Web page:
ALEXANDRIA, Va. -- The United Fresh Fruit and Vegetable Association here has mailed educational materials to more than 3,500 public health officials and members of the media, as part of a public health outreach program to help reduce the chances of inaccurate information springing up during food safety crises.
oduce and foodborne disease, analyzing the current scientific research on outbreaks associated with produce.
"In an outbreak situation, nothing is more critical than accurate information," said Sarah DeLea, United's vice president of communications, in a statement.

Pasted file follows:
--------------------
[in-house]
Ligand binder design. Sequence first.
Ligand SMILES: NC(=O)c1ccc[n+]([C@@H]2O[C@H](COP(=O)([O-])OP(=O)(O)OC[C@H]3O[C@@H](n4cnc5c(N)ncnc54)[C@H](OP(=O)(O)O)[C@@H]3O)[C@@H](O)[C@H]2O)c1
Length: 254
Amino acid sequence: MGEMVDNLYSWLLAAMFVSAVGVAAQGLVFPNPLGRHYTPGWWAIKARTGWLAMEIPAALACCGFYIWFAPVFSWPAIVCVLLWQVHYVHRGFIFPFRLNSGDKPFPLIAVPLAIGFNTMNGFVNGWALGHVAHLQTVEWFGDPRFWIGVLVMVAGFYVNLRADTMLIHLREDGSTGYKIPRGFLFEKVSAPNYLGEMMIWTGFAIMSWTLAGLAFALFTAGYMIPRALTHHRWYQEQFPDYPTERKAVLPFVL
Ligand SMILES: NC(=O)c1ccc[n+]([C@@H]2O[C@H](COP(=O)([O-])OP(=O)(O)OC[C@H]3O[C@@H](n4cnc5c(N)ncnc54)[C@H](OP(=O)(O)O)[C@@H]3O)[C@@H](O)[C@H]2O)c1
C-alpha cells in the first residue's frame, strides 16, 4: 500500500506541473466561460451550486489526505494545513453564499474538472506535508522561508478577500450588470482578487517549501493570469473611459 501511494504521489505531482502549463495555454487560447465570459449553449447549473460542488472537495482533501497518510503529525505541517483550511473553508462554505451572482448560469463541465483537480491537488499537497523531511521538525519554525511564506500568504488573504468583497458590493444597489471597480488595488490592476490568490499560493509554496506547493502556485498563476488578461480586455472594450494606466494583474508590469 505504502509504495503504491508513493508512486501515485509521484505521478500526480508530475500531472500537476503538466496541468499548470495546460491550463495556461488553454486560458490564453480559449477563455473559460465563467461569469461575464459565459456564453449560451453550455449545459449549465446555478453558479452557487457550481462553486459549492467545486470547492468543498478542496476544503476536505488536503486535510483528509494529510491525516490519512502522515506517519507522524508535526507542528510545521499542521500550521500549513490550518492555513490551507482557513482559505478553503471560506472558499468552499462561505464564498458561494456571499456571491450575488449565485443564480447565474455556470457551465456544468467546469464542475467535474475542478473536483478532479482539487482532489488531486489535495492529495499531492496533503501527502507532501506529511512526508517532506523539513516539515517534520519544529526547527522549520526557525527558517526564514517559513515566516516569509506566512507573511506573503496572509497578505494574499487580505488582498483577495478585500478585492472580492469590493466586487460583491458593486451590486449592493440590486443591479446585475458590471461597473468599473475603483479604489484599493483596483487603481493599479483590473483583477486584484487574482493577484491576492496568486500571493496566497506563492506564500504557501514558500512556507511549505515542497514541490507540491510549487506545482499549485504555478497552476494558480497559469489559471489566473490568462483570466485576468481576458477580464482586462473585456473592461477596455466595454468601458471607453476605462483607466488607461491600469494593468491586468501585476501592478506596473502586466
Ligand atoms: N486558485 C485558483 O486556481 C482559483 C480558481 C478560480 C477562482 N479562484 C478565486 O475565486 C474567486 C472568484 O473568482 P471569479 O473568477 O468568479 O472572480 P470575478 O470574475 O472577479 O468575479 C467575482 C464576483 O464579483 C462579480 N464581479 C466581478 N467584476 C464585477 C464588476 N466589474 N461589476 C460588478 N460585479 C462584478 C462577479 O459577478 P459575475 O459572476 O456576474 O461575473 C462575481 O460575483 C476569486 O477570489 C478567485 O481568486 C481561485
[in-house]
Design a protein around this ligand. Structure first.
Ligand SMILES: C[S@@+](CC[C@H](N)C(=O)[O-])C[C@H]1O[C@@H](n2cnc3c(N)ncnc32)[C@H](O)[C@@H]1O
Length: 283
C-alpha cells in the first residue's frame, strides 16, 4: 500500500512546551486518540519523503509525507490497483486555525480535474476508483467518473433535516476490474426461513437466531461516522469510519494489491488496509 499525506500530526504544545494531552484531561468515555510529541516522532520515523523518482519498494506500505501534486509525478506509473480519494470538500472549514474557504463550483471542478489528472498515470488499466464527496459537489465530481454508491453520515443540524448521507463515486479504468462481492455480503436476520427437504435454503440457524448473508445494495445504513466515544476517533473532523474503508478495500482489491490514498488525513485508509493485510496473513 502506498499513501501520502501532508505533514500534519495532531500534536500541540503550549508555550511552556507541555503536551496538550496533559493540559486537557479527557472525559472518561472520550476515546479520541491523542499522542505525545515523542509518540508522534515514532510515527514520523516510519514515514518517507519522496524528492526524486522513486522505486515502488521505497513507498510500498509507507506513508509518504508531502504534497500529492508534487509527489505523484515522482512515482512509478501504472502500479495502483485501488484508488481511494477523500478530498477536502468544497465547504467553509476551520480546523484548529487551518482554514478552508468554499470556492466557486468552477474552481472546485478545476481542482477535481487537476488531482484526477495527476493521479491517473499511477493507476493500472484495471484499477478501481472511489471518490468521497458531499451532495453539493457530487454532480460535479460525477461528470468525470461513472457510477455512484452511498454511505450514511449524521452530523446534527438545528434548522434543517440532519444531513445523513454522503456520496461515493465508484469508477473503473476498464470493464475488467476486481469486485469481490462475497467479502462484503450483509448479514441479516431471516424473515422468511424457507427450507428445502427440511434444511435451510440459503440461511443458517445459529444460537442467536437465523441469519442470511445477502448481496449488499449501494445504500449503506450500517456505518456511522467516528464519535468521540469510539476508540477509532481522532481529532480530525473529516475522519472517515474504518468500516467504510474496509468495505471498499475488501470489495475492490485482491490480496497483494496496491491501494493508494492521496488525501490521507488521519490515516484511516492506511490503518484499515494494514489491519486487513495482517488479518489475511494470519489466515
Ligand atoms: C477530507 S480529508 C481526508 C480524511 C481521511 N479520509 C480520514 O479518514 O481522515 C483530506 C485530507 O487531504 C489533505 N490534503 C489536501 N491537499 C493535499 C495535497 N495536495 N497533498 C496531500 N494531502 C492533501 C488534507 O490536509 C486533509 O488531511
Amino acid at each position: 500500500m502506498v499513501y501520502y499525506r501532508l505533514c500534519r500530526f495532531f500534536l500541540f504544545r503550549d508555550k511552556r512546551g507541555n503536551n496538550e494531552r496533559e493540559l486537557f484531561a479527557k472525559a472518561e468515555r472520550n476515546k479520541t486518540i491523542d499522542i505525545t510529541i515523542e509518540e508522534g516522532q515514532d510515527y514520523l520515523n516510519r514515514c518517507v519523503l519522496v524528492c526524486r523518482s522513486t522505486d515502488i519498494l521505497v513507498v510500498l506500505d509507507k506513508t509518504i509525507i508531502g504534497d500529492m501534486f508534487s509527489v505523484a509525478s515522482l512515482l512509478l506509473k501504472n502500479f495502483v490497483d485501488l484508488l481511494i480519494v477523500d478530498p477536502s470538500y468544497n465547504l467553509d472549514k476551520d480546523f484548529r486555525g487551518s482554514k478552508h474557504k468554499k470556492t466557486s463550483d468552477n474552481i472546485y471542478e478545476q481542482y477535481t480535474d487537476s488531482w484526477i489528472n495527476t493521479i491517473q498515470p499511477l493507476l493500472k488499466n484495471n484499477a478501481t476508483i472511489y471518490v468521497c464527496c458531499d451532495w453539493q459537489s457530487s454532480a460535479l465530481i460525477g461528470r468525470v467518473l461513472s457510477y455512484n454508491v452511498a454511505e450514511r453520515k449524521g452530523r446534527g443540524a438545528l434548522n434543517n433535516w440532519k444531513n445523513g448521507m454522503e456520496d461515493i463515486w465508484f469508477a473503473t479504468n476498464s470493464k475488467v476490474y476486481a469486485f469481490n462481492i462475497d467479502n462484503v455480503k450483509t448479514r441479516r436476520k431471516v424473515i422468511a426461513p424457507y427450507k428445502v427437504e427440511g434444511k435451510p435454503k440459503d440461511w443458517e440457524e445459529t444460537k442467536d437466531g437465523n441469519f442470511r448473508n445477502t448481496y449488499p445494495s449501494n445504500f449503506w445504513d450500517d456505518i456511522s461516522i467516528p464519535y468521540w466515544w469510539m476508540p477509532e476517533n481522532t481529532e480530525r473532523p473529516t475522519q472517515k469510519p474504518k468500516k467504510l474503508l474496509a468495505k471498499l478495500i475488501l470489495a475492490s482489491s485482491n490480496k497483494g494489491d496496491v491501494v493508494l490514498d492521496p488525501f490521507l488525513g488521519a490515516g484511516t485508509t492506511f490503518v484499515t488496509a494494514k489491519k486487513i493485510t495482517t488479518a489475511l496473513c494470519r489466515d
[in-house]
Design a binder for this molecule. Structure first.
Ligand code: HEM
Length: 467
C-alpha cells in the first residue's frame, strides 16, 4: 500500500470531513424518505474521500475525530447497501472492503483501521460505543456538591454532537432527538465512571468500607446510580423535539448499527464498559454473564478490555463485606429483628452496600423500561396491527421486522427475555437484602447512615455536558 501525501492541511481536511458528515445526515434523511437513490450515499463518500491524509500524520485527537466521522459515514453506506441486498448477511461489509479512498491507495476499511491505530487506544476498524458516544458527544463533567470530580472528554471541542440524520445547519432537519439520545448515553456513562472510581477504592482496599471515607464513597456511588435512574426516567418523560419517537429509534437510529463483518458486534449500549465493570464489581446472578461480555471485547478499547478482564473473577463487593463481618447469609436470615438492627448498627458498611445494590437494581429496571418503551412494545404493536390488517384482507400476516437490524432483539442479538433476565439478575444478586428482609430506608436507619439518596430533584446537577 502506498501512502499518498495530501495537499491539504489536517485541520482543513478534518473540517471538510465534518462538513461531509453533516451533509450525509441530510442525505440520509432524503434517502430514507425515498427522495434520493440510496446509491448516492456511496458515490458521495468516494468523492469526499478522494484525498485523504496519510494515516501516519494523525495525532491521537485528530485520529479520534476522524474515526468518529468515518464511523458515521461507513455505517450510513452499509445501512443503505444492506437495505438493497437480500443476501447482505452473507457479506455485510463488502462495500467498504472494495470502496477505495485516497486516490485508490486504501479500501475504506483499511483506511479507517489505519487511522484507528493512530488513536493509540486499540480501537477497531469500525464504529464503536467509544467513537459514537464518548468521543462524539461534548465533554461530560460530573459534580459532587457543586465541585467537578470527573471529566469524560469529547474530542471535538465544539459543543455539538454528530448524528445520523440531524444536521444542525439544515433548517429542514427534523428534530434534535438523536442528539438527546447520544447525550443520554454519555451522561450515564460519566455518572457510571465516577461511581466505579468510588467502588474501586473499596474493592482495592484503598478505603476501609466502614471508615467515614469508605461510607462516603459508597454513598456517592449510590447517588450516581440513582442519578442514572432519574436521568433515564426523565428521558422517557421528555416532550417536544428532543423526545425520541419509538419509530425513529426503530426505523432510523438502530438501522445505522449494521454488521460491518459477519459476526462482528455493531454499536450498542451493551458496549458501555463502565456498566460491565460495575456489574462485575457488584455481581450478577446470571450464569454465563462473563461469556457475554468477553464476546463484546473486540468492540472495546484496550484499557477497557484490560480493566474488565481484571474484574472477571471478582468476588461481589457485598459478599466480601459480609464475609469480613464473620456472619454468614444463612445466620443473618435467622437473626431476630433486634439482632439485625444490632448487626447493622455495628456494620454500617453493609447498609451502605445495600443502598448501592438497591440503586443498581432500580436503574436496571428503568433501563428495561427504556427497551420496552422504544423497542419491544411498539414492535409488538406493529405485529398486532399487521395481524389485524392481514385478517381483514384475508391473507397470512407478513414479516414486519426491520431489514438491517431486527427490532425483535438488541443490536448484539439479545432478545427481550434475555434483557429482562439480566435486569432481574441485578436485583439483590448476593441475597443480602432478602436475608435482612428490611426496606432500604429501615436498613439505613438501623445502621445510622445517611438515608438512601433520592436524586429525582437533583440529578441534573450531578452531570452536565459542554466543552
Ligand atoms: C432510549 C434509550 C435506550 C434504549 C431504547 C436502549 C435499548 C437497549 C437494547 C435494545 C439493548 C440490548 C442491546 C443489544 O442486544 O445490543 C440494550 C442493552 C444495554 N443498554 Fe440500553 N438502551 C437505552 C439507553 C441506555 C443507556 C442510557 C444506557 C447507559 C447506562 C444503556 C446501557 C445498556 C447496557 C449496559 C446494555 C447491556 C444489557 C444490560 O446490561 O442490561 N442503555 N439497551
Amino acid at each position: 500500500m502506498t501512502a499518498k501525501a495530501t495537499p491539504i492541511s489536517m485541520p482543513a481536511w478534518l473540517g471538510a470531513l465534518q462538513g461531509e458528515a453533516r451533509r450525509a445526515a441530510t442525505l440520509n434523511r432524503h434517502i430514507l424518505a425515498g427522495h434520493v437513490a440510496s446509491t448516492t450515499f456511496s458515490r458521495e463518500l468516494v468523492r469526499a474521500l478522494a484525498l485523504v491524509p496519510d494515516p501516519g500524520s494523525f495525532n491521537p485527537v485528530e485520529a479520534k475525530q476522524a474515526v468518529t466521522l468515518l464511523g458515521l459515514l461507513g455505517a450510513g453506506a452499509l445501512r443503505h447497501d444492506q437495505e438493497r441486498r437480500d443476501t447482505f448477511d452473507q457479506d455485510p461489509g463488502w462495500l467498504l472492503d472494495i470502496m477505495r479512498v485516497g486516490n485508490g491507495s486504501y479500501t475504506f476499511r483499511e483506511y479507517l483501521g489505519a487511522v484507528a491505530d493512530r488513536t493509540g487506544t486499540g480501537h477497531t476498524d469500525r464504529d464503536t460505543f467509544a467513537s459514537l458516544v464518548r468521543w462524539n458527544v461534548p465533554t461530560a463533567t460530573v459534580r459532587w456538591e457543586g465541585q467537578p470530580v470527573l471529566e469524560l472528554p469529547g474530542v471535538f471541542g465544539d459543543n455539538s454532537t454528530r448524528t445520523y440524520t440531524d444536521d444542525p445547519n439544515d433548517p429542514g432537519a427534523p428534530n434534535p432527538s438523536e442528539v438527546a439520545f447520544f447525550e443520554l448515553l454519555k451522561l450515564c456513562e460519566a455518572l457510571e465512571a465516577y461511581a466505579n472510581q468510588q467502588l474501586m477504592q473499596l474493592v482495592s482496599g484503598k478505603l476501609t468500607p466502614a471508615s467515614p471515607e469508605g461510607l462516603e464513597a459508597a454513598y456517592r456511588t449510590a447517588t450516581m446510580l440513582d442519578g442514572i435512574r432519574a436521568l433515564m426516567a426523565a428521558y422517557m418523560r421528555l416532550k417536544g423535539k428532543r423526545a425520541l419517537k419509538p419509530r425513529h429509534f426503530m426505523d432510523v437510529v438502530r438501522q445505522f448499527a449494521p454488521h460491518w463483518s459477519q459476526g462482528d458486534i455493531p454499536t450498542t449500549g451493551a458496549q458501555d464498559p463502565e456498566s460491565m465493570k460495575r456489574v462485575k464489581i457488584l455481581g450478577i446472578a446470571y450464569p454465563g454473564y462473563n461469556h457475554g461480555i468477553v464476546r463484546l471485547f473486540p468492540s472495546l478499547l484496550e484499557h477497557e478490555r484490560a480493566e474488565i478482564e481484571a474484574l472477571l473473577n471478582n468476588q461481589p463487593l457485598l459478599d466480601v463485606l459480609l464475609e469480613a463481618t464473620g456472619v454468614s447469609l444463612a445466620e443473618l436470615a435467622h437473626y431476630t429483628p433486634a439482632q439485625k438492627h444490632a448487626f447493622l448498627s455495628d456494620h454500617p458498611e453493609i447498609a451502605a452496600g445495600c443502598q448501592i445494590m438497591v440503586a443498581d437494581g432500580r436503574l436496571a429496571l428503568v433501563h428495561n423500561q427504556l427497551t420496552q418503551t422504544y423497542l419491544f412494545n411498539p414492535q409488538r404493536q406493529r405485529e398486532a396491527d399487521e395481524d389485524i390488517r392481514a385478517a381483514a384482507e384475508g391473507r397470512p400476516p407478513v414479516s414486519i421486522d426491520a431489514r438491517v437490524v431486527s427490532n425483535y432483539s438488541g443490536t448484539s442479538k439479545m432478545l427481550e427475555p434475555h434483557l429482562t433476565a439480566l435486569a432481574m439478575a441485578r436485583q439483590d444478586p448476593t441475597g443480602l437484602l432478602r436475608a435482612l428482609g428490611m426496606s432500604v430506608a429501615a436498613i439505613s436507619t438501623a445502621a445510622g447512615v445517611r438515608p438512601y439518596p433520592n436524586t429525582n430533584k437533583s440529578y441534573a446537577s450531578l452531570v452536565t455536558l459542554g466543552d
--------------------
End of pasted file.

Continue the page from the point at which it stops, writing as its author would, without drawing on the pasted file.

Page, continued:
"Arming health officials and reporters with this data in advance can help minimize misinformation and provide them with an ongoing source for produce safety information."
The package also includes a question-and-answer section; charts regarding imports, consumption and point of contamination; a 10-year listing of outbreaks associated with produce and the cause of each outbreak; produce handling tips for consumers; listings of scientific, public health, government and industry experts; and copies of the U.S. Department of Agriculture's "Summertime Safe Food Handling Tips."